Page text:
Adult Protective Services' role, responsibilities
Between July 1, 2011, through June 30, 2012, Adult Protective Services (APS) responded to 11,000 reports of mistreatment or self-neglect of at-risk adults in Colorado. These reports involve the abuse, exploitation, and neglect of people 18 years old or older who cannot provide for their own health, safety, or welfare; or obtain services necessary to keep themselves safe and healthy. Some of the conditions that may make an adult at-risk of mistreatment or self-neglect include dementia, Alzheimer's disease, developmental disabilities, severe physical disabilities, or serious medical conditions.
APS' response depends on the allegations and the condition of the at-risk adult. When APS responds to a report, the first step is to interview the at-risk adult and determine if the mistreatment or self-neglect is actually happening.
Next, APS tries to find out if the adult has the ability to make responsible decisions and if they understand the consequences of their decisions. The ability to understand and communicate responsible decisions is referred to as "decisional, mental, or cognitive capacity." Adults with capacity have all the same rights as any other adult no matter what their condition or disability might be. Adults with capacity have the right to refuse or accept some or all of the help APS offers. The right to accept or refuse services is known as "Consent." APS must get the consent of an at-risk adult who has capacity in order to provide protective services.
There are a lot of things to consider when APS investigates a report. Some people choose to live in a way that appears unsafe or strange, but as adults, they have the right to live that way if they have capacity. In all cases APS tries to work with the at-risk adult and other community resources to keep the at-risk adult safe. There are circumstances when an at-risk adult does not have capacity or the ability to understand the consequences of their actions. In these cases, where there is apparent and ongoing risk to the adult's health, safety, or welfare, APS may assist the client without their consent.
When investigating abuse, exploitation, and caregiver neglect, APS caseworkers must coordinate their efforts with law enforcement and the district attorney to determine if a crime has taken place. APS may share information with the police if there is evidence of criminal activity. In this type of case the police have the role of investigating and prosecuting crimes and APS works with the at-risk adult to keep him or her safe.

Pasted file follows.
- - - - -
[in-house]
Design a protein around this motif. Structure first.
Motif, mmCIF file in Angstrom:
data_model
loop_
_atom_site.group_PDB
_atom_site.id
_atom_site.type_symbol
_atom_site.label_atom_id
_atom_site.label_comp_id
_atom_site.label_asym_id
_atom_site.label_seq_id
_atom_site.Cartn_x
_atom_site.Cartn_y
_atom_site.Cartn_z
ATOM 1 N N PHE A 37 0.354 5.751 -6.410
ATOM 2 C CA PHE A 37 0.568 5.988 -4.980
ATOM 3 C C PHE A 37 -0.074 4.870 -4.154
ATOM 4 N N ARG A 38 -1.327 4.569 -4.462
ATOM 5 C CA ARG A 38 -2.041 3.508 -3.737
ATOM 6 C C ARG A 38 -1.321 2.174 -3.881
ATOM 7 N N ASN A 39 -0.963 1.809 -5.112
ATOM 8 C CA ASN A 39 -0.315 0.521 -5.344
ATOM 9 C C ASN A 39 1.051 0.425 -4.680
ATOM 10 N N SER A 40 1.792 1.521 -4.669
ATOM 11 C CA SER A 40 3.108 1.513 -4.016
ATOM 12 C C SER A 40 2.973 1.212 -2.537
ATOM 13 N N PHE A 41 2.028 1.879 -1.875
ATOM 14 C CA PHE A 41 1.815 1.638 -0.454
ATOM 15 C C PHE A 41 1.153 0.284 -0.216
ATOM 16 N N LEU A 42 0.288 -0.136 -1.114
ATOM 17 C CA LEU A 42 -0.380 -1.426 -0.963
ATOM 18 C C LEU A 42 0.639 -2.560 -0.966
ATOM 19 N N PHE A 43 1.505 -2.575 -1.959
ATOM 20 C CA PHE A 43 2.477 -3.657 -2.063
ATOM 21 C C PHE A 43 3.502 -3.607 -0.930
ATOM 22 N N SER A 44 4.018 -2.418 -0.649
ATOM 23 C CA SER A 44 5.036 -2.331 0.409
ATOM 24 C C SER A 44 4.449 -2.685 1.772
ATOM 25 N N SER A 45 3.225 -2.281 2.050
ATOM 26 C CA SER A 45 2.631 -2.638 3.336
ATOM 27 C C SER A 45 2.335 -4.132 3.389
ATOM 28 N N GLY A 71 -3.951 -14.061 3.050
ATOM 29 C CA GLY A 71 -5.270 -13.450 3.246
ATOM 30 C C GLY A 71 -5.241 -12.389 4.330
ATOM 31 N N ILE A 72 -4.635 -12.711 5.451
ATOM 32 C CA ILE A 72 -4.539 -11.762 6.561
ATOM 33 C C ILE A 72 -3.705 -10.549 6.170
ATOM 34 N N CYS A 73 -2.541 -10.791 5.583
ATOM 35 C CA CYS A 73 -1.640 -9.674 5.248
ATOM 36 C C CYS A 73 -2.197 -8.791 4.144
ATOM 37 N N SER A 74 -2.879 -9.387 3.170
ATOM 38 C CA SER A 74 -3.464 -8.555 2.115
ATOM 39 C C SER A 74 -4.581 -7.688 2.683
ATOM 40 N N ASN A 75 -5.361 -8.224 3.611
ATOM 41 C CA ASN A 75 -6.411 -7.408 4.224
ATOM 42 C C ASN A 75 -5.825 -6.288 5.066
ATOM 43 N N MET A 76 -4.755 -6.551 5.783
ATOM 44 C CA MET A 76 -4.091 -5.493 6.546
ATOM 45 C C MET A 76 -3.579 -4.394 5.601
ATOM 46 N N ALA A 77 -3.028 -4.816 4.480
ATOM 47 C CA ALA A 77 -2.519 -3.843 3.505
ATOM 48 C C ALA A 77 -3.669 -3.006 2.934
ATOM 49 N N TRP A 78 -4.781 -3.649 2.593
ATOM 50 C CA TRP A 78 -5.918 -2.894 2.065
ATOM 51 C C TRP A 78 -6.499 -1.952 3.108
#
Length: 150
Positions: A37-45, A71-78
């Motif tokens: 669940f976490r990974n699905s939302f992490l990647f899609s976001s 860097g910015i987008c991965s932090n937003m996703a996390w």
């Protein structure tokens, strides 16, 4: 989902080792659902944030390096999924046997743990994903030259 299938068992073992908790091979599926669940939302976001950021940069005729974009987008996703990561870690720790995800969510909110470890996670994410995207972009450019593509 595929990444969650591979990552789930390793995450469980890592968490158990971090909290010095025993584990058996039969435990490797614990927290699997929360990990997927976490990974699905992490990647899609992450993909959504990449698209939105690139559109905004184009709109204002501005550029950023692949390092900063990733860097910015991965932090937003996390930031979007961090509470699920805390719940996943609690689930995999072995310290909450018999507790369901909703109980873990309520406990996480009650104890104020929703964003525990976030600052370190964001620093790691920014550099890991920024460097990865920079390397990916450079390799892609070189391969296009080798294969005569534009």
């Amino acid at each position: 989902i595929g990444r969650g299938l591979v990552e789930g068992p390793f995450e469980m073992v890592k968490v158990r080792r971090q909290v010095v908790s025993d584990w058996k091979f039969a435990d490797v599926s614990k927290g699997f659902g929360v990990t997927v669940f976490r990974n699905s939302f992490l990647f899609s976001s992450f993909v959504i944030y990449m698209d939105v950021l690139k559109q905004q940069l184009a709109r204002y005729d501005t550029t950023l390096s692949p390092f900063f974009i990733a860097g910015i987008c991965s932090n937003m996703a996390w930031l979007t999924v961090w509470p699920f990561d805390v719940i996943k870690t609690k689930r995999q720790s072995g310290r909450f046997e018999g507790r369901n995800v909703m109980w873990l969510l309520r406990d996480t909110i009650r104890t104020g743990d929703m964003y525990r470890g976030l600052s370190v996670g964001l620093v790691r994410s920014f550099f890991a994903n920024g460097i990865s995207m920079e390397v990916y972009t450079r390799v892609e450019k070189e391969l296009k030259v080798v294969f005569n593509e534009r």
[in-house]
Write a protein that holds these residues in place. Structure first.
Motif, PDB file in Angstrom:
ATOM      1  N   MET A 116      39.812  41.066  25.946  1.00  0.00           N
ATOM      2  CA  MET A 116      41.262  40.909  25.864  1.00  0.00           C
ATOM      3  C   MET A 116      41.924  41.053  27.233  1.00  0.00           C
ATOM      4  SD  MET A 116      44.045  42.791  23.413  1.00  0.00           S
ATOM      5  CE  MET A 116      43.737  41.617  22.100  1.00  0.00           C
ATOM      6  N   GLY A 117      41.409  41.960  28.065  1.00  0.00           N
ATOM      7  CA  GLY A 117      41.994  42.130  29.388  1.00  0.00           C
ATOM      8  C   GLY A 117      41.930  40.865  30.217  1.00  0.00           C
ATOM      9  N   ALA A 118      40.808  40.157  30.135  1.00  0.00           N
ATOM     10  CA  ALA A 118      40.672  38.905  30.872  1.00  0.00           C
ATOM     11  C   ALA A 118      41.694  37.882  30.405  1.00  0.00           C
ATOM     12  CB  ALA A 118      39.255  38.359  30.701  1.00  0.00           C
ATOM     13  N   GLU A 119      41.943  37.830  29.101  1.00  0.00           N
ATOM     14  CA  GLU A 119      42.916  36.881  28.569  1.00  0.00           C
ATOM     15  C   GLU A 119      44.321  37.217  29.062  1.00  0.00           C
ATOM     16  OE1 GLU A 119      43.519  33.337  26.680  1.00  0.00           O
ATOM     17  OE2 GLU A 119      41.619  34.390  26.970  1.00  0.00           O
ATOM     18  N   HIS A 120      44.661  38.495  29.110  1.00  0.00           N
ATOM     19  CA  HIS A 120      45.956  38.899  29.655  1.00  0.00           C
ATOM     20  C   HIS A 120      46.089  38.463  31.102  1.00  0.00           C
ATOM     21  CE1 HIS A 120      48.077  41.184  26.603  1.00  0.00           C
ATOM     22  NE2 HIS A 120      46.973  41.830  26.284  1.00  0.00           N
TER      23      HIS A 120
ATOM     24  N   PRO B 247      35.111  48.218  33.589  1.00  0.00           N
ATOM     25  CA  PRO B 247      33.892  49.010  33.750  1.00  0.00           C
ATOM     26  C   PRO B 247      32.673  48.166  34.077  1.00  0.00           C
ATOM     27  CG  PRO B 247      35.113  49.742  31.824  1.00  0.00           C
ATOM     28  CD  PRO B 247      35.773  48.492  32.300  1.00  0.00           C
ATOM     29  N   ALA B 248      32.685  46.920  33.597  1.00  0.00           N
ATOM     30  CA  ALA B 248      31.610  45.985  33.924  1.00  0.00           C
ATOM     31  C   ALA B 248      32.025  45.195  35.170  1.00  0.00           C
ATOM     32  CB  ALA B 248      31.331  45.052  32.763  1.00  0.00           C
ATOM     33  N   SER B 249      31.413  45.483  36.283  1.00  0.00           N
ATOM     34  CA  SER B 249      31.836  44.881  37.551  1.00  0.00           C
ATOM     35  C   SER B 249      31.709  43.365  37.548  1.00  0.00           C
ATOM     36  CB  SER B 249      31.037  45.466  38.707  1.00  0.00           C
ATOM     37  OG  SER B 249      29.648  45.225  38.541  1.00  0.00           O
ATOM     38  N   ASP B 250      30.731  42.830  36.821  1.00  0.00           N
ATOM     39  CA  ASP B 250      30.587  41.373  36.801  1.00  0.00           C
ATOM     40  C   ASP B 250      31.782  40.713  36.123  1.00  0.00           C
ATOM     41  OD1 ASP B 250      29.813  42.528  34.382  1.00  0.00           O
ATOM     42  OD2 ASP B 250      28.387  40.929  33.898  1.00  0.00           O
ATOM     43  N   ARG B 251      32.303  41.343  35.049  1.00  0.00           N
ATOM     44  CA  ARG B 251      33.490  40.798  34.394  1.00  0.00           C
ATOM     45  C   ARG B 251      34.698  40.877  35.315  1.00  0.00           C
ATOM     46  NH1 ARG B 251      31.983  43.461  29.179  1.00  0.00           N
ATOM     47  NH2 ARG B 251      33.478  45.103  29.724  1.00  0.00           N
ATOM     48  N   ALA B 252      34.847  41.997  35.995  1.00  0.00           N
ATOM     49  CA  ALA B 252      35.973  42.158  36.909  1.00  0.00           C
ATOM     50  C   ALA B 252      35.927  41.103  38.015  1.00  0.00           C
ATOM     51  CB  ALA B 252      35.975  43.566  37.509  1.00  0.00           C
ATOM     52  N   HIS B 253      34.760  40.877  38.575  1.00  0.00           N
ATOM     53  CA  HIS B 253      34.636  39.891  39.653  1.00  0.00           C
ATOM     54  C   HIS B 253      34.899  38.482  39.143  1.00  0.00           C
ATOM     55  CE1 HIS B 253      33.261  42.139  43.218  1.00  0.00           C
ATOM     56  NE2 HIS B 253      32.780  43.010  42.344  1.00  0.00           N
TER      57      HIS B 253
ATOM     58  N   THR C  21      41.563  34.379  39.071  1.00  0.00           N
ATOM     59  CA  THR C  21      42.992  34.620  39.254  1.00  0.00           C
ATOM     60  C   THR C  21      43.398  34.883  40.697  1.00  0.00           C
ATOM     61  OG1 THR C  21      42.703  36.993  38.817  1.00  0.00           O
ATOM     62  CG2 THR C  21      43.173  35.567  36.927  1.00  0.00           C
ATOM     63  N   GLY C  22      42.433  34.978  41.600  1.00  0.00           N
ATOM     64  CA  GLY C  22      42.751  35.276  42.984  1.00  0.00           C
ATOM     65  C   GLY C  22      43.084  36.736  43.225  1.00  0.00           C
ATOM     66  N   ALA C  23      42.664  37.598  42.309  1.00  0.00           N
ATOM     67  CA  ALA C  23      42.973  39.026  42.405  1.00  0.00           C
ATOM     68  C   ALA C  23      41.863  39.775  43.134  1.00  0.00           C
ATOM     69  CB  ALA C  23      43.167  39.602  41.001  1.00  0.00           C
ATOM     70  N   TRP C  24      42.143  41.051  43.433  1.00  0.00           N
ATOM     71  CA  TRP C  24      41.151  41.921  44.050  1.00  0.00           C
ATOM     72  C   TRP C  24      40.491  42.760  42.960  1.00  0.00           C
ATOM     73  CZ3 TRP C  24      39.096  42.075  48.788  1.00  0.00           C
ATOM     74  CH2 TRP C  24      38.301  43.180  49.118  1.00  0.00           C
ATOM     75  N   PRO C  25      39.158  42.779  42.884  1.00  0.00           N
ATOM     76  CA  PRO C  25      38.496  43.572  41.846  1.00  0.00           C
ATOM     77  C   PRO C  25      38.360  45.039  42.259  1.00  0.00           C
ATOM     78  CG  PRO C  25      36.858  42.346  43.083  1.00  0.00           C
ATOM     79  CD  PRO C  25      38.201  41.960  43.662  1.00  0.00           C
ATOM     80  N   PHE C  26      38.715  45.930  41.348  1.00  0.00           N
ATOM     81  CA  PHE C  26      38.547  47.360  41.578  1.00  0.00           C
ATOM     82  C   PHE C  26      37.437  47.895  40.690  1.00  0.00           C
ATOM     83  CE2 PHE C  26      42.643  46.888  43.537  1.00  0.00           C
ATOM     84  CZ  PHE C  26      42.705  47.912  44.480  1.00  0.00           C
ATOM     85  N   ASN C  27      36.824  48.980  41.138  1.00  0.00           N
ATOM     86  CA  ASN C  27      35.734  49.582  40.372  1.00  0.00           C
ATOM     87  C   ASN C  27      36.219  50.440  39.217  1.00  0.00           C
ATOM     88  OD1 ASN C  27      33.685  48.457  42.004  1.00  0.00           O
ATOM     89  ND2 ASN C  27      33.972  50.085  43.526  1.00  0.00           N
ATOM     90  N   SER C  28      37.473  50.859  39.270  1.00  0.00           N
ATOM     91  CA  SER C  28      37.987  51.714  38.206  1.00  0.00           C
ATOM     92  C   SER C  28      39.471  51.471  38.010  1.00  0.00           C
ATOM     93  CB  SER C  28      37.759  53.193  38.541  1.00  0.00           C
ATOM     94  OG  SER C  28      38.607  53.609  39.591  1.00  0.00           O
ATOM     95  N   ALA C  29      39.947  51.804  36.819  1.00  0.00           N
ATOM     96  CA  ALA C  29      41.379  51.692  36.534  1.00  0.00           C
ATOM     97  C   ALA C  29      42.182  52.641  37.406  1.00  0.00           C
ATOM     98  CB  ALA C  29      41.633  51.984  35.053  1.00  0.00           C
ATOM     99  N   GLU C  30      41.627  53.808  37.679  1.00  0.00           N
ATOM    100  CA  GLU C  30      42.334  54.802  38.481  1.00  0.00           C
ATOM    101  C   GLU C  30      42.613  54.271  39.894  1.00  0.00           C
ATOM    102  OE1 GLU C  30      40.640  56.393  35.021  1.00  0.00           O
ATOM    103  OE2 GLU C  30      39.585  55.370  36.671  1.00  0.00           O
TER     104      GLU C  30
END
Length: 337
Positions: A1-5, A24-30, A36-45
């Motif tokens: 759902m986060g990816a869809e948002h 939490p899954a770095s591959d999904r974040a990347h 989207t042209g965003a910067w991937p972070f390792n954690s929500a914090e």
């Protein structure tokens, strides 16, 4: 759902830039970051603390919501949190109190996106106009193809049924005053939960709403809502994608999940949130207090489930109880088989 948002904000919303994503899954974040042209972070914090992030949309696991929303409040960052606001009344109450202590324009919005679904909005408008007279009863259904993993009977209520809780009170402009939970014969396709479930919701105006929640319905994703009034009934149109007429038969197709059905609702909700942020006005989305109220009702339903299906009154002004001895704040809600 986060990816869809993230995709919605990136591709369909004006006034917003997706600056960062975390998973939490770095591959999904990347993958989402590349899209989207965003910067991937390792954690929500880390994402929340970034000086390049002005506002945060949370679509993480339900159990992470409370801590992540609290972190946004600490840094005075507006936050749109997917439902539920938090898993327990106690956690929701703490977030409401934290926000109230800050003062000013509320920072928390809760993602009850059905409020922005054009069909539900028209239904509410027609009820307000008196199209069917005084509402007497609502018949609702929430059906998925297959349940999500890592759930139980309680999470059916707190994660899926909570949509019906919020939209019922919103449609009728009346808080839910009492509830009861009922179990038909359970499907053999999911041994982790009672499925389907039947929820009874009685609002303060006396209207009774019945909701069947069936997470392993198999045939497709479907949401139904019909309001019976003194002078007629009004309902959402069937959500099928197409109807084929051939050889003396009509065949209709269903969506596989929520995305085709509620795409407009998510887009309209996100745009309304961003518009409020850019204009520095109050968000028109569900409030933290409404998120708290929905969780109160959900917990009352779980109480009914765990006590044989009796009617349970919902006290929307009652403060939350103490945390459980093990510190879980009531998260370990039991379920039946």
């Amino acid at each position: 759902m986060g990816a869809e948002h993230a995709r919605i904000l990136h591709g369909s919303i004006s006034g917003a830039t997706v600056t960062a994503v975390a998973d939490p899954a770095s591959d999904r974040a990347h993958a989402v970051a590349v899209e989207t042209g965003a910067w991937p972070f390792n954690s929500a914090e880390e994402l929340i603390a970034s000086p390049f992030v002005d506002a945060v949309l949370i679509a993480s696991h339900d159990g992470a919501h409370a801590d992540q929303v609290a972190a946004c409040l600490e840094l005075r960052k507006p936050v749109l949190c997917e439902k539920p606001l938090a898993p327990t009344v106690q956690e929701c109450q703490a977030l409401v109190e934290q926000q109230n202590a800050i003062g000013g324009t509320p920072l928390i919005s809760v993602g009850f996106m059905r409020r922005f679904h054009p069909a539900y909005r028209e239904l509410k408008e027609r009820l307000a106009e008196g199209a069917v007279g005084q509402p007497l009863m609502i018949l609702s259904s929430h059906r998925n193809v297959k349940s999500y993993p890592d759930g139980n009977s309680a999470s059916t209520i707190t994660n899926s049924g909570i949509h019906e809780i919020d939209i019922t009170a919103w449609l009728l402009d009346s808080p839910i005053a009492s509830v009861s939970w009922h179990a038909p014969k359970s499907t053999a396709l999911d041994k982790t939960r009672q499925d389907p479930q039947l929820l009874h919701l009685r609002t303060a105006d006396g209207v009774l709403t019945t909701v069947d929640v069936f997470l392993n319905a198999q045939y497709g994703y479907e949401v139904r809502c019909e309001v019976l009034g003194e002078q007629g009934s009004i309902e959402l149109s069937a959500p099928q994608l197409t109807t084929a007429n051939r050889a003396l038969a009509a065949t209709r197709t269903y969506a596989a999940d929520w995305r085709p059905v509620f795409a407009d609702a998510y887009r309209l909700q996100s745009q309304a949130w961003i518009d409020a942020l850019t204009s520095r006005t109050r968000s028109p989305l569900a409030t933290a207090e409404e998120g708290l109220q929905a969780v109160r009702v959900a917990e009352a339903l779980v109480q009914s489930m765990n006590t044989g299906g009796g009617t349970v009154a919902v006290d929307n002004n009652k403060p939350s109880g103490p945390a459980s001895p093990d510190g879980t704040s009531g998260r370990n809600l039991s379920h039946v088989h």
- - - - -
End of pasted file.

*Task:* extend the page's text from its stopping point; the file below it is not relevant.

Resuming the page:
APS cannot provide legal advice or be an adult's medical proxy decision maker. APS cannot force a client to participate in medical or mental health treatments or place the adult in a facility against their will. If a court determines that an at-risk adult lacks the ability to make decisions to keep them safe, APS may ask a court for guardianship.
Regardless of the at-risk adult's capacity or the allegations, APS caseworkers are always guided by three principles: 1) confidentiality; 2) self-determination; and 3) the least restrictive intervention. APS caseworkers are required by the APS statute to keep any and all information about a report and client confidential. Self-determination is an adult's right to make their own decisions and to choose their own course of action. Finally, the principle of least restrictive intervention means that APS caseworkers try to provide the minimum amount of services necessary to stop or prevent the mistreatment and self-neglect.
Remember, if you suspect mistreatment or self-neglect, it's okay to speak up. You should immediately report the situation to the Montezuma County Department of Social Services at 970-564-4110. Ask to speak to Adult Protection. If calling about an emergency situation during non-business hours, contact law enforcement at 970-565-8441 to make the report.
All reports are confidential and may be made anonymously. However, it is helpful to APS if you provide your contact information so APS can contact you, if needed.
Warning Signs of Abuse, Neglect, and Exploitation:
S udden changes in behavior, finances, or lifestyle
P hysical injuries, dehydration, or malnourishment
E xtreme withdrawal, depression, or anxiety
A bsence of basic care or necessities
K ept away from others
U nsanitary living conditions
P ersonal items or money missing
Holly Bock is the Montezuma County Adult Protection caseworker. She can be reached at 564-4110.